The End

This is the last post  I will be posting on this blog. My Peace Corps Service has come to an end and thus it is time for my Peace Corps Blob to come to an end as well. I would like to start by thanking everyone for all the love and support they have given me over the past two years. This has not been an easy experience, or very fun a lot of the time, but it has been worthwhile and I do believe I will always think of Peace Corps with fondness. There is no way I can adequately thank the Peace Corps staff for being so wonderful, particularly in the last two months.

I am back in Minnesota two months earlier than expected. Because of the political turmoil in Madagascar Peace Corps was evacuated last week. After we had been deconsolidated on February 17th I went back to site for about a week and simply relaxed and enjoyed being with my family again. I lulled myself into a false sense of security (or you could call it denial) and acted like nothing was going to happen. We were in a lull in the political crisis. Andry and Marc were in negotiations, and in Anivorano nothing had ever changed. At the end of February I left site again to go to Tana for my COS conference (we were starting the process of leaving Peace Corps) and to go shopping for wedding supplies. As we were on the way to Tana the negotiations broke down. Things started to get messy again but I quickly did everything I needed to do and went back to Anivorano. I was worried we would get evacuated befor I was able to get back to site and do the things I needed to do there, as evacuation looked like where we were headed.

I got back to Anivorano on Saturday evening. I spent Sunday going to church and talking about wedding planning with Mbola and his family. On Monday Mbola and I filled the paperwork to get legally married on Saturday, we knew we had to get married before the end of the month and Saturday March 14th was really the only available time. By Monday night things had started to get violent once again with the position of the military now in question. So after Mbola and I talked to his parents once again and told them of our concerns that something might go wrong so maybe we should get married earlier than Saturday.

On Monday night Mbola and I went to bed worried and stressed not really knowing what our future would hold. When we woke on Tuesday morning we started a normal day, fetching water and making breakfast. Just as we finished eating a young man came over to our house to tell us that Mbola’s father wanted to see us. So we went over there, not knowing what he could want, only to be told that we would be getting married at 4pm that day.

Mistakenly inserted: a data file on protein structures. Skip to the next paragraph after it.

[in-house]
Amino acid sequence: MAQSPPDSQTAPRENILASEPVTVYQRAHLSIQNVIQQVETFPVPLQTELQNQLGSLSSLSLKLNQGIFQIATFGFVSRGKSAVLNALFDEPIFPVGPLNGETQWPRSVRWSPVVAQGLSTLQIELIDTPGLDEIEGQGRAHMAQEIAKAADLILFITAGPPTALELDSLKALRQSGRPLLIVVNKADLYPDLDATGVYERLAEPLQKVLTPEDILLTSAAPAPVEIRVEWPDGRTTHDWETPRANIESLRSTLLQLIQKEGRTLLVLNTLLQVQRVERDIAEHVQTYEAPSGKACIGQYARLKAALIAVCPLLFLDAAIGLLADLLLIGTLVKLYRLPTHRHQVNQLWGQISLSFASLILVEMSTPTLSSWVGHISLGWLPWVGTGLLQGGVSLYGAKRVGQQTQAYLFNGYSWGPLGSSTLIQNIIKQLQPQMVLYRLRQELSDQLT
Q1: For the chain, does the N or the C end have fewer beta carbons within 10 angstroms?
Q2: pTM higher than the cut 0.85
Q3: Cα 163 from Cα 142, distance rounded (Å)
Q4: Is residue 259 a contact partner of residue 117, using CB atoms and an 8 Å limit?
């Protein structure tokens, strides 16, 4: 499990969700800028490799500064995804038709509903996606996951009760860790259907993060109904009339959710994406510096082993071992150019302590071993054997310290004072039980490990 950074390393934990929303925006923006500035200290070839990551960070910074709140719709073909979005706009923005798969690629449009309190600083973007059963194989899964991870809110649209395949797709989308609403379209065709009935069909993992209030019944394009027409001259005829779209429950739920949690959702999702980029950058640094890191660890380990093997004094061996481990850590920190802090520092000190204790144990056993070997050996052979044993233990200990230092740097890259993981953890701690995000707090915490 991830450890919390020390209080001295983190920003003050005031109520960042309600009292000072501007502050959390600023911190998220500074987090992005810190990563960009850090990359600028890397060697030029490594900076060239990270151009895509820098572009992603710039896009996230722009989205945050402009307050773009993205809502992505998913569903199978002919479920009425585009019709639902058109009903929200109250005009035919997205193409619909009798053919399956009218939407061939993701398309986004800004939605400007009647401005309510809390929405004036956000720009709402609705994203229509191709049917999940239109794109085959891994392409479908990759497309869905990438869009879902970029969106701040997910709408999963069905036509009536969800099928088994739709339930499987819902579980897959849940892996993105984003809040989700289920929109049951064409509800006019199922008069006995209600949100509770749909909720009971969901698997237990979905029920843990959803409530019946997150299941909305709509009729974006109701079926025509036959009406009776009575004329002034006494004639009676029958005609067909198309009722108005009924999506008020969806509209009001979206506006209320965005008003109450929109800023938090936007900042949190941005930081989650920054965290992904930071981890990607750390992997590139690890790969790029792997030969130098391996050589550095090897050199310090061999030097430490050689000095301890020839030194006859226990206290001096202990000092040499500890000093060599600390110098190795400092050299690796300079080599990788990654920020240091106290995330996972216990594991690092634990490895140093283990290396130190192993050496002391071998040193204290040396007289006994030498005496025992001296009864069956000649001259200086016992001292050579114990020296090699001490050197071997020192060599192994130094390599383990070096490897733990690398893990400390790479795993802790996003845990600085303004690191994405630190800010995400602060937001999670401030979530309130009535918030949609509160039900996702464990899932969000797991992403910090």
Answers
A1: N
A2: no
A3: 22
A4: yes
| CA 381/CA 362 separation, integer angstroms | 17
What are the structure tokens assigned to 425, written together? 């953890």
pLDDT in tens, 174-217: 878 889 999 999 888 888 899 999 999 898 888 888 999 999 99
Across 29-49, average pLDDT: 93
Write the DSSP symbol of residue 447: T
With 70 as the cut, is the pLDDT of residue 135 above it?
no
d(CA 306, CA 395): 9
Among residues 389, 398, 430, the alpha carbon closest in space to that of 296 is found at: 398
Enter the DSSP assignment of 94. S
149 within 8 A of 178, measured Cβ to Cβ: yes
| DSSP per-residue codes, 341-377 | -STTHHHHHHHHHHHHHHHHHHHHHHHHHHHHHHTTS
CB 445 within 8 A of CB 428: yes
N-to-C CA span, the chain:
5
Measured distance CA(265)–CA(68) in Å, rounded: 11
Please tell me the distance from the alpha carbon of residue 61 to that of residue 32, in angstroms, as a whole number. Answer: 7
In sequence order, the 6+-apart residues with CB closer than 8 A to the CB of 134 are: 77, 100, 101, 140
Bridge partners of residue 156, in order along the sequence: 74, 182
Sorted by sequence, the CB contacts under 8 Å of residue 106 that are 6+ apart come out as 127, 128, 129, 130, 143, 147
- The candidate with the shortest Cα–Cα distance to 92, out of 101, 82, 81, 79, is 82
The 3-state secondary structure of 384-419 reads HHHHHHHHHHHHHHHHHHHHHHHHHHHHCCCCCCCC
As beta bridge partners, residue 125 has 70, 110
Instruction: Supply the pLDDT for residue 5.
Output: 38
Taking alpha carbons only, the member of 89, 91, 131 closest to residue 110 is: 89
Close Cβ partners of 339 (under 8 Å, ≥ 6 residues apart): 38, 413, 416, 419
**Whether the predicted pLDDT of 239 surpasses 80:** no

We got married in a simple ceremony at the town office on March 10th. Mbola’s sister, Tahiry, and brother, Zo, were our witnesses and the wedding was attended by his parents a three close friends. Afterwards we had a simple but fun celebratory dinner. Mbola and I spent most of Wednesday acting a little goofy and just enjoying each others company, we were also trying to decide what I should do. Evacuation looked like it was just on the horizon, for a couple of hours we were planning on me leaving Peace Corps and staying in country for our May 9th wedding ceremony in the church, but that plan was nixed when as we were going to bed that evening I received news from Peace Corps that the program was being suspended and we were being evacuated. I left site at 5 am the next morning, Mbola went to Tana with me and we told no one but his parents what was happening (as per Peace Corps instructions)

When we got to Tana on Thursday evening, I went to stay at the Peace Corps house and Mbola went to his relatives. After working late into the night we were able to submit an application for a Spousal visa on Friday morning, and on Saturday morning I was on a plane to South Africa.

After arriving in South Africa and nagging the Peace Corps staff a bit I was able to be one of the first volunteers on a plane home. I knew I was not going to be trying to transfer to another country and I had just, luckily, gone to my COS conference a week earlier so I was able to quickly complete my paperwork and arrived back in Minnesota into the welcoming arms of my family on Wednesday March 18th. For now I am waiting for Mbola to be able to join me here and closely watching the internet for news of Madagascar.

It is the unexpected end of one adventure and the beginning of another. Thank you again for faithfully reading my missives over the past two years.

 

http://www.economist.com/world/mideast-africa/displaystory.cfm?story_id=13331251  

  • Ellen

    I think you mean your “Peace Corps Blog” although Blob sounds cooler.

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